clearance openings 28 in the end plates l0 and through the clearance openings 4| in the plates I4, and serve to support the insulated collector plates 22 from the insulators 29 which are attached by the brackets I! to the end plates Ill as will be described. The spacers 30 which are similar to the described spacers l5 and 23, extend around the rods 27 in close contact therewith, and contact the collector plates 22 around the apertures therein through which the rods 2? extend, and provide good electrical and mechanical contact between the rods 27 and the plates 22, and serve also to space the plates 22 the correct distances apar:-.

The ceramic insulators 29 which hav relatively small thicknesses enabling them to be completely enclosed in the spaces bounded by the flanged sides of the end plates, are disc-shaped with relatively large diameters for providing the necessary surfaces, and have the central, inner, metal bushings 3| which are threaded onto the outer ends of the rods 27. The insulators have the outer cylindrical portions 32 of reduced diameter which extend into the openings 33 in the brackets ll. The brackets ll around the openings 33 have inwardly extending portions 3 which contact the outer, central, flattened surfaces 35 of the insulators 29.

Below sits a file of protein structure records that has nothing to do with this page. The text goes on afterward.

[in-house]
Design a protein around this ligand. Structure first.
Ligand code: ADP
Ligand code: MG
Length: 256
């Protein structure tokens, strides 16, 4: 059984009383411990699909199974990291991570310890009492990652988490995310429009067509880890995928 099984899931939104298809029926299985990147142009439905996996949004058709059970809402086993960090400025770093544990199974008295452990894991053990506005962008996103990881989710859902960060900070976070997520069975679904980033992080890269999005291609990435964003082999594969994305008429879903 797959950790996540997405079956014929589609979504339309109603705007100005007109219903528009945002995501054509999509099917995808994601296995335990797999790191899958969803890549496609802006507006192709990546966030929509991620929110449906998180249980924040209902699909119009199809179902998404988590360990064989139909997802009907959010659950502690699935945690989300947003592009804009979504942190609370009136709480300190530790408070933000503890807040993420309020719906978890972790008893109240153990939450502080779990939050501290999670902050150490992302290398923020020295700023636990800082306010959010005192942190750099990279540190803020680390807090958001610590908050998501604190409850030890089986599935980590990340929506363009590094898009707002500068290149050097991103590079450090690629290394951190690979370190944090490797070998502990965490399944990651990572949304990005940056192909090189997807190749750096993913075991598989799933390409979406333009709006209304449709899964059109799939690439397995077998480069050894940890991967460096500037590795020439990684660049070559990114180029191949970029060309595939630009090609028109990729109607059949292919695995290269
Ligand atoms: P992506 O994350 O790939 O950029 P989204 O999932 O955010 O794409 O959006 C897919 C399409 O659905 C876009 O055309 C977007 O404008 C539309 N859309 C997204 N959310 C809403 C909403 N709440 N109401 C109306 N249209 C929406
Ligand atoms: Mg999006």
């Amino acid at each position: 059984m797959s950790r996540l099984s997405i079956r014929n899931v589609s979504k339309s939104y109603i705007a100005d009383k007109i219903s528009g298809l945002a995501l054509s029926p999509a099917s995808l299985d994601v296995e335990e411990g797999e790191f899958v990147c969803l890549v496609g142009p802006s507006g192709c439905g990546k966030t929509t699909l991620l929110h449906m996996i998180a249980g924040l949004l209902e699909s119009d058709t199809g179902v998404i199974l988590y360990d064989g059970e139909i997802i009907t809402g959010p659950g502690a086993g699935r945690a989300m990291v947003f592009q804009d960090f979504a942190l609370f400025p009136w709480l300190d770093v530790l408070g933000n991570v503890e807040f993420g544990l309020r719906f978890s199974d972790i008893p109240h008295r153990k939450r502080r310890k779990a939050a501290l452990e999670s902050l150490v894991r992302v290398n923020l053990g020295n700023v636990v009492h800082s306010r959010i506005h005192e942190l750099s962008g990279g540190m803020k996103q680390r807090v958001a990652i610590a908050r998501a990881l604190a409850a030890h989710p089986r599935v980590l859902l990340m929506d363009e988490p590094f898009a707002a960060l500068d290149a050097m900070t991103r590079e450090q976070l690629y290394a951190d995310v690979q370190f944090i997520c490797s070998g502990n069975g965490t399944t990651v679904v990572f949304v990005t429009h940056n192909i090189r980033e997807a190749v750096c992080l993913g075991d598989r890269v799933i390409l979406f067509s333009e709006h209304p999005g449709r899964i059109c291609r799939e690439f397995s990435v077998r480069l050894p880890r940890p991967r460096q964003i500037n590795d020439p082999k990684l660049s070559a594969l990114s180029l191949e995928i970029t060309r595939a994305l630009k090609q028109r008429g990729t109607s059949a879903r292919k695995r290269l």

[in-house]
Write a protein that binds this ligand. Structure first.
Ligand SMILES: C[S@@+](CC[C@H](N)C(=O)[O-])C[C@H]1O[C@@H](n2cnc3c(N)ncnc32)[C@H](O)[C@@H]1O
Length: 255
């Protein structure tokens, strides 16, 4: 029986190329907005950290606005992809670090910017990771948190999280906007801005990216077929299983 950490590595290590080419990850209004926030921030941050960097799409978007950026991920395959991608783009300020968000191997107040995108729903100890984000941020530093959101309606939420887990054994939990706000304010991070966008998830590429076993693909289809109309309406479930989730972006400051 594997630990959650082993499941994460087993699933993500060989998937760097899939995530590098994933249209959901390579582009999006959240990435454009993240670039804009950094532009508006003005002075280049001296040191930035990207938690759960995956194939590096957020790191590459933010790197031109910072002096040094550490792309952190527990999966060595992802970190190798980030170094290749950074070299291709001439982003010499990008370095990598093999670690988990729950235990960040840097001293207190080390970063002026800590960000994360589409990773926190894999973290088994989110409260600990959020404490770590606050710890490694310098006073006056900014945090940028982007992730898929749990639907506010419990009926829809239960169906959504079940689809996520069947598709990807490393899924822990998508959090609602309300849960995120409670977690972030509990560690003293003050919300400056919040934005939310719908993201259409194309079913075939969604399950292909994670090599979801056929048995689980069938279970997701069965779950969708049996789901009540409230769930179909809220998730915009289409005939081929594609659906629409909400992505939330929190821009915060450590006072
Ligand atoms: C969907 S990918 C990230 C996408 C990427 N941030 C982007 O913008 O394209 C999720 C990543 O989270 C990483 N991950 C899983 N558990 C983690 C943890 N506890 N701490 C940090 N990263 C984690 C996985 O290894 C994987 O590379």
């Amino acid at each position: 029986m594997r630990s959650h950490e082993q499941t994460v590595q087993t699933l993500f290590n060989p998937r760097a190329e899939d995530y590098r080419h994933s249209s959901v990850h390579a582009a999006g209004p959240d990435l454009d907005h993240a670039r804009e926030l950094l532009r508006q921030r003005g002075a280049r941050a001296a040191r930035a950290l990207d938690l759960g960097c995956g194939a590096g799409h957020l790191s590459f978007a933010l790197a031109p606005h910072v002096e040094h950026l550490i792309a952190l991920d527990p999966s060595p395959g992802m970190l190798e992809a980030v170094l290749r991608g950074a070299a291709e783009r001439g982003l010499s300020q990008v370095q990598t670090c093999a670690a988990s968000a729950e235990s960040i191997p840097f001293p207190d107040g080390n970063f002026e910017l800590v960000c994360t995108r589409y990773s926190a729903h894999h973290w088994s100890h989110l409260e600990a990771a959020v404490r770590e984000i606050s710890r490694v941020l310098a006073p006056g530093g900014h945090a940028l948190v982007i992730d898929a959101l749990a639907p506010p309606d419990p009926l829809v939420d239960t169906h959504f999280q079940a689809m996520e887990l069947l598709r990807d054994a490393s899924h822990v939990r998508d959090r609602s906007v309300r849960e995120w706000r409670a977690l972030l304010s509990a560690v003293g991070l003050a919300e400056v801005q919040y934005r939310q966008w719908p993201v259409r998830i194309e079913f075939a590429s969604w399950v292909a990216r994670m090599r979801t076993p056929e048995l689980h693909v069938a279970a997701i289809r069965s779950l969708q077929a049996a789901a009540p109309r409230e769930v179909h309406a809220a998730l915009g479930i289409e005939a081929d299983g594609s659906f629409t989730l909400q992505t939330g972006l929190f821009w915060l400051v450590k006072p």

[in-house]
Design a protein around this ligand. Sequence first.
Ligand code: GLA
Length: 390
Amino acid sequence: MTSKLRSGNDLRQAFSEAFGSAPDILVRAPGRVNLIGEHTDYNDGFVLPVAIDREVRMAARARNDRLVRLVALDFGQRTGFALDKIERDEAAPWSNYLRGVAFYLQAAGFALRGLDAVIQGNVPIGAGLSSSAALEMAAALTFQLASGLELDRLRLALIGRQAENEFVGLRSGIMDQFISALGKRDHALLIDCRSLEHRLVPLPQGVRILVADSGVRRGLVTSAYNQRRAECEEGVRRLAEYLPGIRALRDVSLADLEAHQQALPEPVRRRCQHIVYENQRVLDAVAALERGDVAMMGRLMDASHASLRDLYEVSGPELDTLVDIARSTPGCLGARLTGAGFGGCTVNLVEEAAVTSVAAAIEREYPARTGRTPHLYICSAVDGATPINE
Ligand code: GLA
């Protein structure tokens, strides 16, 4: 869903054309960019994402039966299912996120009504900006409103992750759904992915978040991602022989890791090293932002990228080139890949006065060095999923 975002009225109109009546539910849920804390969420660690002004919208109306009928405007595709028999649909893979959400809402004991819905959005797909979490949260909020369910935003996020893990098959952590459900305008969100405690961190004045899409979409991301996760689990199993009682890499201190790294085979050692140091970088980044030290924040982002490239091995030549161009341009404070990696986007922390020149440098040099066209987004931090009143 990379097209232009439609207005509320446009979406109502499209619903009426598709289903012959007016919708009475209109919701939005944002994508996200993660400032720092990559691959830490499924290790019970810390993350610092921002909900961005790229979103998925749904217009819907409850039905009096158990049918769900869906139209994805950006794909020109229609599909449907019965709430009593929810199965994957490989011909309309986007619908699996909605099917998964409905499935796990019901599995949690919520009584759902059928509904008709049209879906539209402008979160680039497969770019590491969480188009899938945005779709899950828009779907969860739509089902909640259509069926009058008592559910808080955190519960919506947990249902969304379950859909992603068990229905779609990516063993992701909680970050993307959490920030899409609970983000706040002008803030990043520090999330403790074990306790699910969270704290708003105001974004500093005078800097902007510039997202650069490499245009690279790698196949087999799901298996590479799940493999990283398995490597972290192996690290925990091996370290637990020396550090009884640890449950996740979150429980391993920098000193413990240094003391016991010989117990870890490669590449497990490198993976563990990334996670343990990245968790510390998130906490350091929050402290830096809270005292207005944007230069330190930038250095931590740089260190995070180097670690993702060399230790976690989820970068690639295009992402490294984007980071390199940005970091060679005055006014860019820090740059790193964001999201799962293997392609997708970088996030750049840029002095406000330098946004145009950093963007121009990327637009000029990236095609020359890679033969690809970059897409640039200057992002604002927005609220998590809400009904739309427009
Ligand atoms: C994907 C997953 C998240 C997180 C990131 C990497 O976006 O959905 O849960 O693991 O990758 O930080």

The insulators thus are supported by the brackets I! from the end plates, and serve to support the insulated collector plates 22 from the end plates.

The cylindrical portions 32 of the insulators 29 have the mutually perpendicular, transverse slots 31 thereln, across their ends. The portions 3 5 of the brackets I! are drilled to receive the cotter pins which are adapted to extend in the slots 31. With the cotter pins removed, the insulators 29 can be rotated to move the rods 27 along their lengths in one or the other direction depending upon the direction of rotation of the insulators.

l'lhis will cause movement of the plates 22 supported on the rods 21 whereby the plates 22 can be centered between the plates l4.

With the plates properly centered, the slot 31 in each insulator nearest its associated cotter pin receiving thickness of each spacer is minimum at its longi. 'T

tudinal center, and maximum at its collector plate contacting ends. This provides adequate clearance around the spacers with minimum size clearance holes in the plates through which they Thus with reference to Fig. 4 of the drawing, it is apparent that by curving the outer surfaces of the spacers 23, the clearance holes 26 therearound in the plates l4 are smaller than would be required for adequate clearance if the spacers were cylindrical.

The insulated collector plates 22 are adapted to be connected to a high voltage, direct current terminal of the said power supply source, the voltage of which may be +6,000 volts.

As illustrated, the collector plate supporting insulators 29 are located completel out of the stream of gas to be cleaned since the gas flow would be between the inner surfaces of the end plates Hi. This results in no interference by the insulators with the gas how, and in the insulators remaining clean since no foreign particles from the gas will be deposited thereon.

Another advantage of supporting the insulators outside the end plates of the cell, is that when the collector plates are sprayed with water or other liquids as is often done, the insulators are not coated with the liquid, and do not interfere win its distribution upon the collector plates.